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Arshad Sharif murder case: Kenya didn't let JIT access evidence, SC told

SC orders probe against elements involved in disclosing fact-finding committee's report in Arshad Sharif murder case

By Maryam Nawaz
February 13, 2023
Prominent journalist and anchorperson Arshad Sharif. —Arshad Sharif/ Facebook
Prominent journalist and anchorperson Arshad Sharif. —Arshad Sharif/ Facebook

The joint investigation team (JIT) probing Pakistani journalist Arshad Sharif's murder was denied access to evidence by the Kenyan authorities, the chief of the probe team informed the Supreme Court during the hearing of a suo motu case on Monday. 

Last year, the apex court had taken suo motu notice of the assassination of Arshad Sharif in Kenya. The murder was termed as a "case of mistaken identity" by the country's authorities.

A five-member bench, headed by Chief Justice of Pakistan (CJP) Umar Ata Bandial, resumed hearing the suo motu case today (Monday) after over a month-long adjournment.

The other bench members included Justice Ijazul Ahsan, Justice Sayyed Mazahar Ali Akbar Naqvi, Justice Jamal Khan Mandokhail and Justice Muhammad Ali Mazhar.

At the outset of the hearing, JIT formed by the federal government submitted its second progress report to the SC.

Meanwhile, the apex court directed the authorities to hold a probe against the elements involved in disclosing the fact-finding committee's report in the case of the senior journalist's murder.

During the hearing, CJP Bandial questioned who made the fact-finding report public and directed to find out who was behind it.

"The fact-finding report was made public without any verification," the CJP remarked, questioning whether it was done deliberately. He said that there have been mistakes in the investigation carried out in Pakistan.

The chief justice added that no one can be accused of the murder as of yet.

Justice Naqvi remarked that the court has read every single word of the report.

"Have you done what was assigned to you?" Justice Naqvi asked the JIT. He questioned whether the team found any material related to the murder in Kenya.

At this, JIT chief Owais Ahmed replied that they met officials in Kenya, adding that the East African country did not grant access to evidence.

"We did not find any concrete material in Kenya regarding Arshad Sharif's murder," he added.

"Where is Arshad Sharif's mobile and other equipment?" questioned Justice Ahsan.

At this, the JIT chief said that Sharif's mobile phone and iPad are with Kenya's IT department. However, the rest of his belongings have been received, he added.

The additional attorney-general said that Kenya did not cooperate in the murder investigation.

At this, Justice Ahsan asked how a country can seek cooperation with an investigation if relations with that nation are not that good.

"Kenya is an independent country and doesn't come under our jurisdiction," said the chief justice.

The court wants to know what the special JIT has found so far, said the CJP. "What will be the special JIT's strategy in future?" he asked.

The chief justice added that no one can be accused of the murder as of yet.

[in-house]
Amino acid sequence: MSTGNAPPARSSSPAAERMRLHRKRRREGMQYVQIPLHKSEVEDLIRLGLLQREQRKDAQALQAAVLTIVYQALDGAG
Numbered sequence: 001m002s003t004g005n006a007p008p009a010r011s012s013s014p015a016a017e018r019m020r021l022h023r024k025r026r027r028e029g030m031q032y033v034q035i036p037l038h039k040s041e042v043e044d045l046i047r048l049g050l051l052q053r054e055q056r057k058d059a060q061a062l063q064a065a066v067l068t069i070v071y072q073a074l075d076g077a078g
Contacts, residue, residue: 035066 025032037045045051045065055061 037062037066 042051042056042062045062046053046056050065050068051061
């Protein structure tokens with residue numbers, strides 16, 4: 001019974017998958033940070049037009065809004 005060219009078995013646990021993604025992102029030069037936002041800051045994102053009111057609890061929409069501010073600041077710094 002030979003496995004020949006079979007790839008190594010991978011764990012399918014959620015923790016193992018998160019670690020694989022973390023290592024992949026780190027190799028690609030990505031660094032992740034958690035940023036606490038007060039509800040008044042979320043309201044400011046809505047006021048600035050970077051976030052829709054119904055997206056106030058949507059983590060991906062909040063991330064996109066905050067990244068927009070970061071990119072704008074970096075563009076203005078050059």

During the hearing, Justice Mazhar remarked that the Kenyan foreign ministry had assured the Foreign Office of cooperation with the JIT.

"Why wasn't the special JIT allowed to go despite the surety?” he asked.

The additional attorney-general said that it was a "complicated matter" as Pakistani authorities had to keep diplomatic relations with Kenya.

‘Three aspects in murder case’

Meanwhile, Justice Ahsan remarked that there were three aspects in this case: who forced Sharif to flee the country, whether it was investigated on who lodged the cases against Sharif across the country and whether it was found "what was shown" to him that made him escape.

"When the dots are connected, it will reveal who wanted to get rid of Arshad Sharif," Justice Ahsan remarked.

Meanwhile, Justice Mazhar inquired why the statements of Khurram and Waqar — the two brothers who accompanied Sharif — weren’t taken.

At this, the additional attorney-general said that the Kenyan authorities only allowed them to meet the director of the public prosecutor.

"The Kenyan authorities assured [the JIT] of cooperation but didn't allow visiting the crime scene," the official stated, adding that the Pakistani authorities were pushing Kenya through diplomatic sources in this regard.

At this, Justice Ahsan inquired why they weren't taking assistance from the United Nations.

The additional attorney-general said that Kenya is a friendly country and supports Pakistan at every international forum, adding that they don't want to take steps that could undermine bilateral and international cooperation.

"It is not yet time to seek United Nations' help," he added.

Meanwhile, the additional foreign secretary said that the minister of state for foreign affairs has spoken to their Kenyan counterpart. He said that the Kenyan authorities have assured cooperation.

The chief justice ordered getting access to the report of the investigations carried out by the Kenyan authorities. He also directed the JIT to submit the complete report within a month.

"Do what you have to do but get to the facts," he said.

Later, the court directed the JIT to submit a full report within a month and adjourned the hearing till March.